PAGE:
This area is predominantly rural and as such contains large properties and minimal residential development. The Redland City Plan, through the Landslide Hazard Overlay attempts to mitigate the impacts of the landslide hazard by requiring more robust engineering for developments built within the identified landslide hazard areas. It is important for engineers and geologists to evaluate slope stability and any landslide threat during development assessments so that effective and timely remedial measures can be implemented.
Critical infrastructure at the time of a disaster event includes utilities such as power, water, sewerage, telecommunications, gas, road and rail networks. Impacts of a disaster on these services may have far-reaching long-term effects for mainland communities.
Thornlands has a mix of sewered and non-sewered areas, the residential development areas in the north and east of the suburb are connected to the city’s sewer network. Effluent from these areas is directed to the Cleveland Wastewater Treatment Plant located to the west of Redland Hospital. Current hazard mapping indicates that the Cleveland WastewaterTreatment Plant is surrounded by bushland identified as being a high to very high bushfire hazard.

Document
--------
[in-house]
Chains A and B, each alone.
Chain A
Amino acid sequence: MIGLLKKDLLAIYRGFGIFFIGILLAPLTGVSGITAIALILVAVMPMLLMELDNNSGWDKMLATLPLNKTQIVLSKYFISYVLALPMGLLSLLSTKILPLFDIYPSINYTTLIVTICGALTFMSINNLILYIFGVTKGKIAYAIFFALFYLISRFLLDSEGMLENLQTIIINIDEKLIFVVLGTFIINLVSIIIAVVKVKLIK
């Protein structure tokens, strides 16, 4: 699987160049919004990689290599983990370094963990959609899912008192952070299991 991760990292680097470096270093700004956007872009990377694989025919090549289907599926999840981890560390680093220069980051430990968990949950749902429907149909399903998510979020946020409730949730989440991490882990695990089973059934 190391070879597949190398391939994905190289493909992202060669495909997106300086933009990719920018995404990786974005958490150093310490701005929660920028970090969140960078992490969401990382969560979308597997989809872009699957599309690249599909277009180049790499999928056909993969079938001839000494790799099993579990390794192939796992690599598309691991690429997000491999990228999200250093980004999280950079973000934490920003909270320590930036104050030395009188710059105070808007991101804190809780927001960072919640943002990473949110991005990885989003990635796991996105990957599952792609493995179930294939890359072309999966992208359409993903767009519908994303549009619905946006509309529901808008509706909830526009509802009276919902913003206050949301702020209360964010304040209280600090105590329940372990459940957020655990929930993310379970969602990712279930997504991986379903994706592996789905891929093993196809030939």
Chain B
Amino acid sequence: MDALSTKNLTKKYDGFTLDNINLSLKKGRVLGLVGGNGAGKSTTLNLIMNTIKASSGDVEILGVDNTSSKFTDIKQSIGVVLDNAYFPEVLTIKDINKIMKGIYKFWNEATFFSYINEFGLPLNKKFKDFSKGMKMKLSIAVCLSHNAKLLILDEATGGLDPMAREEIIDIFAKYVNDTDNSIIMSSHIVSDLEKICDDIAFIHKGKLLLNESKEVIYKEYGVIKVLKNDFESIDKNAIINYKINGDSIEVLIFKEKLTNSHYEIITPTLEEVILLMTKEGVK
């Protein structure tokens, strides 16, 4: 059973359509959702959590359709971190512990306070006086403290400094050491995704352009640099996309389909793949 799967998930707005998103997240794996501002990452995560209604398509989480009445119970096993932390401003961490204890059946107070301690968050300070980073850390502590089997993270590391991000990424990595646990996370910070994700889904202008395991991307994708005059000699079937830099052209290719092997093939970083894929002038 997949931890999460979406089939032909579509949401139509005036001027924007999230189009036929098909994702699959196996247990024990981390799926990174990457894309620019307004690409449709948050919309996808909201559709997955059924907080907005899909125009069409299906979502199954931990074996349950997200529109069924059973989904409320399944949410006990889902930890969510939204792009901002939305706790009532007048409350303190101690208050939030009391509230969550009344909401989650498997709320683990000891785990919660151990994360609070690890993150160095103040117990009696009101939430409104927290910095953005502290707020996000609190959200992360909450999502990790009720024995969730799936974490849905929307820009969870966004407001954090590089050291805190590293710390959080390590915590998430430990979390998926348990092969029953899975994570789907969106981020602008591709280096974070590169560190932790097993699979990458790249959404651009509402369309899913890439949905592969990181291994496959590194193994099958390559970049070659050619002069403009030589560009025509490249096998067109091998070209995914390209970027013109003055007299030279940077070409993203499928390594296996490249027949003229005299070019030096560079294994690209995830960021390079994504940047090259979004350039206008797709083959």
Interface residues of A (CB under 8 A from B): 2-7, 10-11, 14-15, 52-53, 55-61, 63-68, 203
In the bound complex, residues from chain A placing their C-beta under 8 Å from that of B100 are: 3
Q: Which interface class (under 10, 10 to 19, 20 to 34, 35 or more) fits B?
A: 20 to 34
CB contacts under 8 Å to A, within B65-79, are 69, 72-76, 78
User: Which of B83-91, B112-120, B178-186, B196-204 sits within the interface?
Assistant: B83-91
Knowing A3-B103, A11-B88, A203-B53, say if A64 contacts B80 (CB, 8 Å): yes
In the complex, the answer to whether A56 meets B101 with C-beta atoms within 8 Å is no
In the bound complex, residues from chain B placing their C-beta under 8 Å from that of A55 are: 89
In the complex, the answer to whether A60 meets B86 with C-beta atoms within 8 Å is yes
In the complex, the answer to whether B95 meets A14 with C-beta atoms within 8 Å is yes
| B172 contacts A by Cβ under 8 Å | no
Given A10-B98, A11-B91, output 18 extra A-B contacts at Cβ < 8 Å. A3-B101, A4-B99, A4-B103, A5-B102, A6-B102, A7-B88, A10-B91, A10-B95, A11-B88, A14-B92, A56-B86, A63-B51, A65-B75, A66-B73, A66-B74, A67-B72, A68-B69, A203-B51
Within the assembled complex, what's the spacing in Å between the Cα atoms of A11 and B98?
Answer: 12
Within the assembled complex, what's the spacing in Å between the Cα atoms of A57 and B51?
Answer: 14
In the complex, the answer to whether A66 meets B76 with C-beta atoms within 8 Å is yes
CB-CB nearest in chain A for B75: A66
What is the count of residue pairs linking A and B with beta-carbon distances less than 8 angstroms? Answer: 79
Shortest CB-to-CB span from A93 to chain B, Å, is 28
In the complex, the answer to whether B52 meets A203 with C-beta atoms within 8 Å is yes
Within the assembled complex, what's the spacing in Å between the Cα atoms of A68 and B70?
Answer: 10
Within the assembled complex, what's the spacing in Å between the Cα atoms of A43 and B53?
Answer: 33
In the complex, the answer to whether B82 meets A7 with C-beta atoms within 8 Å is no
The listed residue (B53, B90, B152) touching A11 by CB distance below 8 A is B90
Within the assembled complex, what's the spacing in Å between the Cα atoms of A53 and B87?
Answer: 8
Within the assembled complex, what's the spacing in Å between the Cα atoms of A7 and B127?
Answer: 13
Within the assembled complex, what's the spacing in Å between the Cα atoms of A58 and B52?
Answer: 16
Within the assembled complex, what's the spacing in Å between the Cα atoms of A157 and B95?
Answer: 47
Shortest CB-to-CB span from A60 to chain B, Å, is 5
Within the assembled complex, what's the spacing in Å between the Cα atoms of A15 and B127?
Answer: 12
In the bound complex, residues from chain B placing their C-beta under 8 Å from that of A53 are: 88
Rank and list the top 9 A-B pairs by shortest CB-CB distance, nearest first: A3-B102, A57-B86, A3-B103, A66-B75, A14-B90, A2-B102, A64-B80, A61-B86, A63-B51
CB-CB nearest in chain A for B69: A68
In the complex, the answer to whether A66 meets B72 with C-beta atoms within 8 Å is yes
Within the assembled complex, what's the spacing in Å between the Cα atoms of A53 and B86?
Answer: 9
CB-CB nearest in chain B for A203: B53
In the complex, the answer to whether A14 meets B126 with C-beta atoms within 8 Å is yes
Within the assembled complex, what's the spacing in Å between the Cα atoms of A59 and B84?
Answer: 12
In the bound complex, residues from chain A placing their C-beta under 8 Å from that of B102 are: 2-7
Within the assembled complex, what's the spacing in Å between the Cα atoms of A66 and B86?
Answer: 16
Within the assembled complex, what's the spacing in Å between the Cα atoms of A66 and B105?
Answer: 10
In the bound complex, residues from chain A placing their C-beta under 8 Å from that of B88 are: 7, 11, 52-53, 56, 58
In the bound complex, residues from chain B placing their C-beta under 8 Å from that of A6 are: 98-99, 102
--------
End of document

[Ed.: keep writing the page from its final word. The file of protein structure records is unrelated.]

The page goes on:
The rural acreage areas, located in the south and west of the suburb are not connected to the city’s sewer network and rely on a mix of gravity-fed septic systems and on-site sewerage treatment plants located on the properties to manage the wastewater. The on-site sewerage treatment plants require electricity to function, therefore it is recommended that these systems have a back-up generator to cope with extended periods of power outages which can occur during severe weather events. Many of the RCC sewage pumping stations have fixed generators onsite to provide backup power in the event of a power failure. Those that do not have fixed generators have the facilities to plug in a portable generator; several are available that can be taken to any site that requires it.